The estimated tax penalty can be waived for you, if your 2018 federal income tax withholding and estimated tax payments fall short of your total tax liability for the year; however, there is a catch: its is only waived, if you paid at least 85 percent of total tax liability during the year through federal income tax withholding, quarterly estimated tax payments or a combination of the two.
Typically, you must pay 90 percent to avoid a penalty.The waiver computation will be reflected in a revised Form 2210, Underpayment of Estimated Tax by Individuals, Estates and Trusts, and instructions.
How Does Tax Penalty Relief Come About?
The relief was intended to help taxpayers, like you, who were unable to properly adjust withholding and estimated tax payments to reflect changes under the Tax Cuts and Jobs Act (TCJA). Although most 2018 tax filers are still expected to get refunds, some will unexpectedly owe additional tax on their returns.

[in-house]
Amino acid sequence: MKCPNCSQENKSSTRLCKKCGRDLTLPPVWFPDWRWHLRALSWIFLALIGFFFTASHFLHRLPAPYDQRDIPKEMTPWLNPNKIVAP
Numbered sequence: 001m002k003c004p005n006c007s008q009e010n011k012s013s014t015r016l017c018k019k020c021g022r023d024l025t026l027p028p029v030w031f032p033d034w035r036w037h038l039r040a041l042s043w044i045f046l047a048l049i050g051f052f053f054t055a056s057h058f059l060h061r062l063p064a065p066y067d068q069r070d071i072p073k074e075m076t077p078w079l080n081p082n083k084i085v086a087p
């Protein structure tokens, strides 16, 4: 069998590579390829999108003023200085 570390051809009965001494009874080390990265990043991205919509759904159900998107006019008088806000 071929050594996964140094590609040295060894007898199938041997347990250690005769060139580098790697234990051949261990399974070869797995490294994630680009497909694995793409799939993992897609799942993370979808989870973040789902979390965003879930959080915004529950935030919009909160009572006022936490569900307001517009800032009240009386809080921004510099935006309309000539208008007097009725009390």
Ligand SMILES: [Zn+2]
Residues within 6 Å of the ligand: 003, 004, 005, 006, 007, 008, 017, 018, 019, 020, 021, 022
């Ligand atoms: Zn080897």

The updated federal tax withholding tables, released in early 2018, largely reflected the lower tax rates and the increased standard deduction brought about by the new law. This generally meant taxpayers had less tax withheld in 2018, usually resulting in greater take home amounts in paychecks.
What are the Chances I Still Incur a Tax Penalty for Underpayment?
However, the updated withholding tables were not able to fully factor in other changes, such as the suspension of dependency exemptions and reduced itemized deductions. As a result, some taxpayers could have paid too little tax during the year, if they did not submit a properly-revised W-4 withholding form to their employer or increase their estimated tax payments; i.e., a “Paycheck Checkup” to avoid a situation where they had too much or too little tax withheld when they file their tax returns.
Please call the office if you need assistance updating your withholding this year to make sure you are having the correct amount of tax withheld for 2019.